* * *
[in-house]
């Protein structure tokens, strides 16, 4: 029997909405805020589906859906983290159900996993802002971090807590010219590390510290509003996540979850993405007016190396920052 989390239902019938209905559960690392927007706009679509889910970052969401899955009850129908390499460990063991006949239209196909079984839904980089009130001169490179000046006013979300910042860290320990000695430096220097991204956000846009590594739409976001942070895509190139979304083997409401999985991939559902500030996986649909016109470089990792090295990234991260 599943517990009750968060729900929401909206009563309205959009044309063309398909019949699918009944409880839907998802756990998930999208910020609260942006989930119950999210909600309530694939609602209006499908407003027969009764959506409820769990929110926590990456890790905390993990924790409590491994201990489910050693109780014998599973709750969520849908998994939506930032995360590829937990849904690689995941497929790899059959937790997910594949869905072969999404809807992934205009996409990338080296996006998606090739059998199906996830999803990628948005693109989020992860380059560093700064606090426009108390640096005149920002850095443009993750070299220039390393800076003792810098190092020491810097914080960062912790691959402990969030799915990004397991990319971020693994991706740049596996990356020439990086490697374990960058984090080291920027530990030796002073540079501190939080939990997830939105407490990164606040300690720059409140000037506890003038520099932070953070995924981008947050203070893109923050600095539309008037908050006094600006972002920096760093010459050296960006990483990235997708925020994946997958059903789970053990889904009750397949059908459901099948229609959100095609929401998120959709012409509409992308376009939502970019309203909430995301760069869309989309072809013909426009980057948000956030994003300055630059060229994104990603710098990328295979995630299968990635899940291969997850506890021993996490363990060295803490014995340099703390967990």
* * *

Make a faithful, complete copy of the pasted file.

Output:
[in-house]
């Protein structure tokens, strides 16, 4: 029997909405805020589906859906983290159900996993802002971090807590010219590390510290509003996540979850993405007016190396920052 989390239902019938209905559960690392927007706009679509889910970052969401899955009850129908390499460990063991006949239209196909079984839904980089009130001169490179000046006013979300910042860290320990000695430096220097991204956000846009590594739409976001942070895509190139979304083997409401999985991939559902500030996986649909016109470089990792090295990234991260 599943517990009750968060729900929401909206009563309205959009044309063309398909019949699918009944409880839907998802756990998930999208910020609260942006989930119950999210909600309530694939609602209006499908407003027969009764959506409820769990929110926590990456890790905390993990924790409590491994201990489910050693109780014998599973709750969520849908998994939506930032995360590829937990849904690689995941497929790899059959937790997910594949869905072969999404809807992934205009996409990338080296996006998606090739059998199906996830999803990628948005693109989020992860380059560093700064606090426009108390640096005149920002850095443009993750070299220039390393800076003792810098190092020491810097914080960062912790691959402990969030799915990004397991990319971020693994991706740049596996990356020439990086490697374990960058984090080291920027530990030796002073540079501190939080939990997830939105407490990164606040300690720059409140000037506890003038520099932070953070995924981008947050203070893109923050600095539309008037908050006094600006972002920096760093010459050296960006990483990235997708925020994946997958059903789970053990889904009750397949059908459901099948229609959100095609929401998120959709012409509409992308376009939502970019309203909430995301760069869309989309072809013909426009980057948000956030994003300055630059060229994104990603710098990328295979995630299968990635899940291969997850506890021993996490363990060295803490014995340099703390967990």